Today in Bastar region, the small artisan group of the Ghadwas produces brass or bell metal objects. In Bastar, many folk stories are told about the origins of the Ghadwas. According to one most popular story some three hundred years ago, the ruler of Bastar, Bhan Chand, was presented a gift, a necklace crafted in Dhokra craft, for his beloved wife. He was so mesmerized with the beauty of craft that to honor the craftsman, he decided to bestow the title of Ghadwa on him. Ghadwa, derived from the word Ghalna, means to melt and work with wax. 

Fascinating Process

Natural raw materials are used in the process of making Dhokra pieces. The famous Dhokra artist Rajender Baghel explains that the basic mold is made with fine sand and clay. Goat and cow dung or husk is added to it, which is then layered with pure beeswax found in the jungle. Then wax threads are prepared and wound around the clay mold until its entire surface is covered uniformly. Then it is cooked over a furnace while the wax is drained via ducts. The wax burns in the furnace leaving a free channel for the metal to flow. Molten metal (mainly brass and bronze) is poured inside the mold. The molds are taken out and water is sprinkled to cool them, once the metal is melted. By breaking them the cast figures are removed. It can take up to nine days to complete a three-foot-high sculpture.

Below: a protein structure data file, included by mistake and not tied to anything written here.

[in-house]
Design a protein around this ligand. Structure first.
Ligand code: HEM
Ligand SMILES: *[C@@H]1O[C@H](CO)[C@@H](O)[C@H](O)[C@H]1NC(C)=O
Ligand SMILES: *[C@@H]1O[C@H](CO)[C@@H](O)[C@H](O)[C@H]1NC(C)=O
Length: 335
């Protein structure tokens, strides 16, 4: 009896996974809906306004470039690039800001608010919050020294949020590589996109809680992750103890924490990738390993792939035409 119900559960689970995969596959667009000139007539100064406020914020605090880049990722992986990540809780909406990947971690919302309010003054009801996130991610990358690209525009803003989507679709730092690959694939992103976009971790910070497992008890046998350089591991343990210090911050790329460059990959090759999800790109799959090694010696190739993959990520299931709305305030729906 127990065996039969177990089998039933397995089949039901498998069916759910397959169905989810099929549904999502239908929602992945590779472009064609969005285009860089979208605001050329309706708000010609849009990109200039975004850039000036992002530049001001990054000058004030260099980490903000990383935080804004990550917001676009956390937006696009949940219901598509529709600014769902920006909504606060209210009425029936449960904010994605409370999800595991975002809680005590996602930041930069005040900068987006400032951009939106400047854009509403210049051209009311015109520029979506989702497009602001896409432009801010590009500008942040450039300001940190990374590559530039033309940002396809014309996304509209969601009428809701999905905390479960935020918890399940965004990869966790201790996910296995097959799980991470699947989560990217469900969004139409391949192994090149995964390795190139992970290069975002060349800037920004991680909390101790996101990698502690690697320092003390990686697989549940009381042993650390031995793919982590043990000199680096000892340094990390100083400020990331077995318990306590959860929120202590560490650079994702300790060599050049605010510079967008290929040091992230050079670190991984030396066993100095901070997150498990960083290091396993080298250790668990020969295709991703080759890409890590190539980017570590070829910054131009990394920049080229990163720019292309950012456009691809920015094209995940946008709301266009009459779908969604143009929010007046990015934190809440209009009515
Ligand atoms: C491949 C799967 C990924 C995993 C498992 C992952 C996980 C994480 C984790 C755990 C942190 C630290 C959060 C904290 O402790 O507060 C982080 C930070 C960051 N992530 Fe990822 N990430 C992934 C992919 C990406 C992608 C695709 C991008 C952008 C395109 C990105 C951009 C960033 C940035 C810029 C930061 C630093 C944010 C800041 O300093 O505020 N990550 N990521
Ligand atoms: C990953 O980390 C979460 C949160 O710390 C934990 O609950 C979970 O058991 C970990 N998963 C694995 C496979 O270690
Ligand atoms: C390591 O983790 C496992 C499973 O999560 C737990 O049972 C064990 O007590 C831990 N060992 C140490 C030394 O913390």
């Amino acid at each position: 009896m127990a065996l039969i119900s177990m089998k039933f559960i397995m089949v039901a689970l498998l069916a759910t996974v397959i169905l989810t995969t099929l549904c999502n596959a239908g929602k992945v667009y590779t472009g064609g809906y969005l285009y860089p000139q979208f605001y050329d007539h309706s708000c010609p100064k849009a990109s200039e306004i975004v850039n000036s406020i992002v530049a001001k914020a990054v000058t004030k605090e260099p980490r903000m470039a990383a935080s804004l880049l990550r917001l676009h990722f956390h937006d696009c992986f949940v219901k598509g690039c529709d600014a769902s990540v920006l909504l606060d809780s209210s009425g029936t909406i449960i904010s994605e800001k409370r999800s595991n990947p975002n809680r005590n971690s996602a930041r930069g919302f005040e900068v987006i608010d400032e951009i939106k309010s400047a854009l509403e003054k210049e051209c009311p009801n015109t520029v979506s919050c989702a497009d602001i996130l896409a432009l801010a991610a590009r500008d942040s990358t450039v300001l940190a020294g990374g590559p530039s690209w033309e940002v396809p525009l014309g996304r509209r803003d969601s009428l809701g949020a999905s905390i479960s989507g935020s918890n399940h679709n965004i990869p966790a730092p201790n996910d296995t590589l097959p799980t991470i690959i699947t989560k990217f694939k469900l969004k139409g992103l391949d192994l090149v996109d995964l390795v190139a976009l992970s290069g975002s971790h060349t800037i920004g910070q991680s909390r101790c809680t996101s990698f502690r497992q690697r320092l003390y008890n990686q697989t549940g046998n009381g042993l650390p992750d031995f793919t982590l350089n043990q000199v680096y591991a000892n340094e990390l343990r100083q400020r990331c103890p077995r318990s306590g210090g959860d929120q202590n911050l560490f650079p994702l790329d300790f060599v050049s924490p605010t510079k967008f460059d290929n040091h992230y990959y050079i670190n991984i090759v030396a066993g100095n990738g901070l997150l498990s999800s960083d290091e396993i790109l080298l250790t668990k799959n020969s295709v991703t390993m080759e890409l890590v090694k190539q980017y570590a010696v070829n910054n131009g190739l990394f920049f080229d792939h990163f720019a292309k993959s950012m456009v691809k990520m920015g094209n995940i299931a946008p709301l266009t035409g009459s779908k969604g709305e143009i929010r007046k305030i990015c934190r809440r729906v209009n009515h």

Dhokra art styles
Dhokra art styles

Themes and Inspirations 

This art is unique, not only because of its process or intricacy, but because no two Dhokra artworks are alike. Every single sculpture is crafted to be different from another and exquisite. Inspiration and themes generally come from mythology, nature, and day-to-day traditions and rituals. Intricate works of the local deities, sun, moon, jungle, flora, and fauna are used to give a decorative look to it.